Nate Berg is a freelance reporter and a former staff writer for CityLab. He lives in Los Angeles.
Forget the Republican presidential primary. Tuesday's elections also lifted blue laws across a large swath of the Peach State.
Much of the nation's attention on Tuesday was focused on some sort of political race. But in a number of cities and unincorporated areas in Georgia, there was an arguably bigger issue facing voters: booze.
Voters throughout Georgia yesterday ditched their so-called "blue laws" that had prohibited sales of alcohol on Sundays for more than 100 years.
The state had prohibited sales of alcohol on Sundays until a bill passed by the legislature in April and signed by the governor handed over the right to decide on Sunday sales to individual cities and counties. A string of referenda followed in November, including in metropolitan Atlanta, where 51 jurisdictions approved Sunday sales. Of the 127 cities and counties that voted on Sunday sales statewide in November, 105 approved the change.
Yesterday's "Super Tuesday" Republican presidential primary was the first chance for other cities and counties in Georgia to get the Sunday sales question on their ballots, and many of them did. Early poll results indicated that Sunday sales were approved in the cities of Austell, Buford, Conyers, Cumming, Lovejoy, Marietta and Powder Springs, and also Cobb, DeKalb, Forsyth, Gwinnett, Henry, and Rockdale counties. In some areas, support for expanded alcohol sales was overwhelming. As this article from the South Cobb Patch notes, 70 percent of the voters in unincorporated Cobb County voted in favor of the rule change.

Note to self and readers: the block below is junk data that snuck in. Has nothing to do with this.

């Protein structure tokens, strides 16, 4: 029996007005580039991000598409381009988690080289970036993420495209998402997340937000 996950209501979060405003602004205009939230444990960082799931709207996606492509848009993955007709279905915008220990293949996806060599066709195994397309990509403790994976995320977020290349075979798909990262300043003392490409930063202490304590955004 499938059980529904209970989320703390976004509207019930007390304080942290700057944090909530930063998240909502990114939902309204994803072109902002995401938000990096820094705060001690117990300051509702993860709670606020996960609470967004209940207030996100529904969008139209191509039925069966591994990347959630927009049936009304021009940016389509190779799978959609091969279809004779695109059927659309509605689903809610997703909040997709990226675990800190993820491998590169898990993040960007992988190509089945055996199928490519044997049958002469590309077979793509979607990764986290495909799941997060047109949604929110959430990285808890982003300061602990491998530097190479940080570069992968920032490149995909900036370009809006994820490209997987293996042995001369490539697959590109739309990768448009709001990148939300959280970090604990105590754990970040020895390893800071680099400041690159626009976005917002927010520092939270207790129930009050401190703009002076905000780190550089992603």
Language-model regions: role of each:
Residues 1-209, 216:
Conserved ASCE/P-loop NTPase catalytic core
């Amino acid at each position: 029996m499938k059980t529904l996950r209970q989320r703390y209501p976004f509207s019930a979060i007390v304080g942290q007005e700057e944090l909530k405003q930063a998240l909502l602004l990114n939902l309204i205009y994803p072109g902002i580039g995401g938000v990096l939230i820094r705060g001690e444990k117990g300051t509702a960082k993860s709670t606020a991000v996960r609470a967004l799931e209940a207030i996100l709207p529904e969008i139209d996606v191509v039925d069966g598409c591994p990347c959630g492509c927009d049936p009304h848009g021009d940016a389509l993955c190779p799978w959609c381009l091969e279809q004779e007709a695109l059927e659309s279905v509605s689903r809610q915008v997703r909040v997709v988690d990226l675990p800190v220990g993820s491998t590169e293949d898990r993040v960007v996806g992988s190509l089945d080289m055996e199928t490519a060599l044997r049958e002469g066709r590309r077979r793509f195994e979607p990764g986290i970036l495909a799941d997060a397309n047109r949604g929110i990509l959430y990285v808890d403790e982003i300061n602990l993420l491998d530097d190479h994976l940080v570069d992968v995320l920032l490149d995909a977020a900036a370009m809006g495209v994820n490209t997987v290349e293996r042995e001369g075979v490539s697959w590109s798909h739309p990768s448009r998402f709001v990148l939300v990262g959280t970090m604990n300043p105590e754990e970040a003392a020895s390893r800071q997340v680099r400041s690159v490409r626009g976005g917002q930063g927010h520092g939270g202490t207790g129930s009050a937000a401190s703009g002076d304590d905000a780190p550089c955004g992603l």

Not everyone was in favor of the proposed changes, of course. The religious underpinnings of the century-old blue laws are still solid in this southern state. Opposing the rule change all along has been the Georgia Christian Coalition, whose president, Jerry Luquire, has argued against Sunday sales with what he calls the support of "the voters who know Sunday ought to remain a Christian Sabbath."
Luquire has his supporters.
"That's the Lord's day, in my opinion," Sunday school teacher and Forest Park Mayor Corine Deyton told the Atlanta Journal-Constitution back in November when her city's voters approved Sunday sales – against her wishes. "If you can't do without alcohol one day a week, there's something bad wrong with you."
Despite such concerns, the voters have spoken – most often in favor of loosening the restrictions.
Rollout of the new rules could take months. Residents in DeKalb County, for instance, will have to wait until May to buy their Sunday handles. In other places, though, the wait for Sunday liquor has been long enough. The city of Buford plans to allow sales of alcohol beginning this Sunday.